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Derrick Baity is One of the Nation’s Most Improved Players

Gerry Melendez | The State

Gerry Melendez | The State

In his second season, first as a full-time starter, sophomore cornerback Derrick Baity has become one of Kentucky’s most important players on defense.

Playing with physicality on the edge, he has 30 tackles on the season and one tackle for loss, including a 7-tackle performance against Vanderbilt.  Through the air, he has two interceptions (one that saved the game against NMSU), 4 pass break ups and 6 pass deflections.

Those numbers are good, but Pro Football Focus takes it one step further.  The PFF family grades players’ individual performances.  Today PFF named him as one of their most improved players in the nation, one of only three cornerbacks on the 18-man list.

Baity struggle in limited duty as a freshman last year, giving up a reception on 68.2 percent of this passes thrown into his coverage, but has shown a marked improvement in 2016. This year he has allowed a reception on 54.5 percent of targets, down almost 14 percent from a year ago. After failing to record a single interception or pass breakup last year, he has now recorded two interceptions and five pass breakups so far this year. Finally, his production at the position has increased, and after allowing an average of 1.53 yards per coverage snap in 2015, he has seen that drop to 1.16 in 2016. He might not be a top cornerback yet, but with such a big improvement in 2016, he’s on his way.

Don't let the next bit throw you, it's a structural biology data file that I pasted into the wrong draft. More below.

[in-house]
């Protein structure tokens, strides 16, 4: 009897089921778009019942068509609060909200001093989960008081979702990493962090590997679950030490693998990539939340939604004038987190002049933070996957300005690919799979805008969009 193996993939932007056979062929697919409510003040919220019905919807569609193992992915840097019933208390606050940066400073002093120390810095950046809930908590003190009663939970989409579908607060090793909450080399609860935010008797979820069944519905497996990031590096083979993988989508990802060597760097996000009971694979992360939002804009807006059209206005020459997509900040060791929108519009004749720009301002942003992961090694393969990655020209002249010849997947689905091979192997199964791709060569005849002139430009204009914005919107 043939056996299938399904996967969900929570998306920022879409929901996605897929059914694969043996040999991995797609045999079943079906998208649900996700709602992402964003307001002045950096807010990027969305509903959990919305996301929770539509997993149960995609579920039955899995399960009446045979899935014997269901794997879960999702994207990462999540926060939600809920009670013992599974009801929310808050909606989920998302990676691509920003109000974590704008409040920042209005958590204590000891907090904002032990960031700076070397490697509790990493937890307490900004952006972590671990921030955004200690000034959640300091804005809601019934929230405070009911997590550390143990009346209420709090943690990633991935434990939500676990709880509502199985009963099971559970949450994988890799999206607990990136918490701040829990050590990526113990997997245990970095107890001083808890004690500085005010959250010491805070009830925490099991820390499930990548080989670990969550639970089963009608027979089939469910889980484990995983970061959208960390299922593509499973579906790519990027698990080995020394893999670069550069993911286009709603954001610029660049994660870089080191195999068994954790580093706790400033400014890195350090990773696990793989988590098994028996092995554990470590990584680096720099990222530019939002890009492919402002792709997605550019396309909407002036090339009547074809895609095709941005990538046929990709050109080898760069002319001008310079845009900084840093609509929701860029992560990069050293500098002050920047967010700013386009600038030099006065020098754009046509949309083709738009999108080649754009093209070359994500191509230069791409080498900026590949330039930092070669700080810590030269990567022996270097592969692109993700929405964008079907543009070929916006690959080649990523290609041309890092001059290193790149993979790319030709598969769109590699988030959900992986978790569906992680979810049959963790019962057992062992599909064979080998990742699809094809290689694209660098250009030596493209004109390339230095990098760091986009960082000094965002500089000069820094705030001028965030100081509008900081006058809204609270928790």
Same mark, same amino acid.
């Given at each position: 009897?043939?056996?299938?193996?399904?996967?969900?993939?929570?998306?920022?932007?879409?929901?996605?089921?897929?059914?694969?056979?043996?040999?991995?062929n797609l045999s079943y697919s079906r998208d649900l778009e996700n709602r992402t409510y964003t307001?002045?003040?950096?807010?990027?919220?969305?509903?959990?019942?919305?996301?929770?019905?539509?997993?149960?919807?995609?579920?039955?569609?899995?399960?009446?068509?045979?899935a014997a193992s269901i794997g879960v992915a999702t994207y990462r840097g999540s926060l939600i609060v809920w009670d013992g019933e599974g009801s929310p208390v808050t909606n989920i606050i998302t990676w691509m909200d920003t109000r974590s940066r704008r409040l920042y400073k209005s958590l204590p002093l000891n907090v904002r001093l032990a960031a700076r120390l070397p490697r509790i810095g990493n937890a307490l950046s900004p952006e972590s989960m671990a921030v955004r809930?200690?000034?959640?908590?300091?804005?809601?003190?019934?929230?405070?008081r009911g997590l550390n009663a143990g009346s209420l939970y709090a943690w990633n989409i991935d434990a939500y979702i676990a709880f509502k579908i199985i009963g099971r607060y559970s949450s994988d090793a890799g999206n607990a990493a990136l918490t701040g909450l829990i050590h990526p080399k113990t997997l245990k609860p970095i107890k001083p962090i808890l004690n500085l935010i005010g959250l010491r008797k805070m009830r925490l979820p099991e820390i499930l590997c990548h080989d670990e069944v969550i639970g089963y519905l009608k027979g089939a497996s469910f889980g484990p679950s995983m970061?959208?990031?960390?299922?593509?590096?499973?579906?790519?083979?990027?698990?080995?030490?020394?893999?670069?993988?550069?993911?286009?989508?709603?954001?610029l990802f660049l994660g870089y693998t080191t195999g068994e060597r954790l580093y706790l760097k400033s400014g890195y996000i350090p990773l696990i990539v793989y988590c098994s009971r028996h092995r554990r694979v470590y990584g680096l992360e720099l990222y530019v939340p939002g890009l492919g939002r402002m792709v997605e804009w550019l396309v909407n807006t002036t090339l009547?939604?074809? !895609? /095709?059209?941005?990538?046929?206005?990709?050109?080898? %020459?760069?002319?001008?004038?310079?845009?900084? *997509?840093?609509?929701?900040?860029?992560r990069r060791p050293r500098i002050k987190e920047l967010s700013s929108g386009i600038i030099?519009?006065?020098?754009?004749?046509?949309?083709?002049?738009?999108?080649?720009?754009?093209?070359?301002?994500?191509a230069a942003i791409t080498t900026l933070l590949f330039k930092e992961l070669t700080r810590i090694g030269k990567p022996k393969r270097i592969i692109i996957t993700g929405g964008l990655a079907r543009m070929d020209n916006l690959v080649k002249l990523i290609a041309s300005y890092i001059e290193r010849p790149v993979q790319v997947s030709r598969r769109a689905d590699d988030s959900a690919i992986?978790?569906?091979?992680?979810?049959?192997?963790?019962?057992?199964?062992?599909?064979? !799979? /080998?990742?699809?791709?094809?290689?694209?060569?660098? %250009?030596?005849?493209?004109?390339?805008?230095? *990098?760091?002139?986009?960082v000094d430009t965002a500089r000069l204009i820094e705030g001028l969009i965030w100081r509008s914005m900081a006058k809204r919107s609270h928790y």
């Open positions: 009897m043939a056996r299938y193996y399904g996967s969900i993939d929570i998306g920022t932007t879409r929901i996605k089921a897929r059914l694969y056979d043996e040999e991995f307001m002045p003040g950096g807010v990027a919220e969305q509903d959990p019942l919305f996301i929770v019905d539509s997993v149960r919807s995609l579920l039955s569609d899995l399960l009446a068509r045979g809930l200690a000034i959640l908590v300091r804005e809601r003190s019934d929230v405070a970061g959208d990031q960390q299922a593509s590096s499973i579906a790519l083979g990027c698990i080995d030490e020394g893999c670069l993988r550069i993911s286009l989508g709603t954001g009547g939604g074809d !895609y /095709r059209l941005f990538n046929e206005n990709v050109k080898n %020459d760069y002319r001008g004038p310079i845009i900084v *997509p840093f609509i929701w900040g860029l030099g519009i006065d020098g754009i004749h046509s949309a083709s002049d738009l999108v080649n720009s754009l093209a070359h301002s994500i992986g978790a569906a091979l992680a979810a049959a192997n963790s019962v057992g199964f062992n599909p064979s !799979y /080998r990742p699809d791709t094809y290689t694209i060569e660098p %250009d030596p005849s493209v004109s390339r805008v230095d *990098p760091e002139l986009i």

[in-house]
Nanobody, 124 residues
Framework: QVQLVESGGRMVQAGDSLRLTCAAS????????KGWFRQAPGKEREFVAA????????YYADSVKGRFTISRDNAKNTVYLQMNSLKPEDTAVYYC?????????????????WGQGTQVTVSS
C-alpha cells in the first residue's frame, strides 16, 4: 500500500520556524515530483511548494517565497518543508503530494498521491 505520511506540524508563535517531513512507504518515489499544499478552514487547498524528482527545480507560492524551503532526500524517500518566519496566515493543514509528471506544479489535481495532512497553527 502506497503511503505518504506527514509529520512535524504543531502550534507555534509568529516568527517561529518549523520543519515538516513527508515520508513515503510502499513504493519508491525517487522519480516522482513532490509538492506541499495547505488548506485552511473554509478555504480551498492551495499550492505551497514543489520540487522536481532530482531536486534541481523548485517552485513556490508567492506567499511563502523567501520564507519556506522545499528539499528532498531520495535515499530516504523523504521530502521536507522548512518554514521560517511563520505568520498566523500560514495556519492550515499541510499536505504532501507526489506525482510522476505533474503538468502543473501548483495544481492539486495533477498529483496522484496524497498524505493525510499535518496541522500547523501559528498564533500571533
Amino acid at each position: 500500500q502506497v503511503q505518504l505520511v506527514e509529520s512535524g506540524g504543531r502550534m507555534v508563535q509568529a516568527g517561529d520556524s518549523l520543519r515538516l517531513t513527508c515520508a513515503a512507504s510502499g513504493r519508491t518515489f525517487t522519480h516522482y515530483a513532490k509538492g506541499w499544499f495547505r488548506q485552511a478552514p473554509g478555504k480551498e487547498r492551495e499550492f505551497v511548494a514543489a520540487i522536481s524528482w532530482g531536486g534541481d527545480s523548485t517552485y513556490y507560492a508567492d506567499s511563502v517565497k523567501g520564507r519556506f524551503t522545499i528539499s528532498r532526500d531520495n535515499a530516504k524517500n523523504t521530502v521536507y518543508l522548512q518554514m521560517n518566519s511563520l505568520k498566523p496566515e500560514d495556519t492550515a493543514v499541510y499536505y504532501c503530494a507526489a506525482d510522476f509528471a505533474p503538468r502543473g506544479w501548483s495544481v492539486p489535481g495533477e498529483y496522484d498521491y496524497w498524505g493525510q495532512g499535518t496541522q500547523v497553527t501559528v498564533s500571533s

When I asked Baity if he thought he was one of the most improved players in the nation, he was at a loss for words.  “I’m improved, but….I don’t know.”

He did reveal the key to his success this season after struggling in the first two games of the season.  “I’m just doing my job.  The first two games I was trying to do so much, I was blowing my job.”

Baity wasn’t the only one to receive love from PFF.  Nick Haynes’s performance against Missouri was the second-highest rated game from an offensive guard last week at 88.2, allowing zero QB pressures on 23 attempts.

Article written by Nick Roush

"Look upon the doughnut, and not upon the hole." @RoushKSR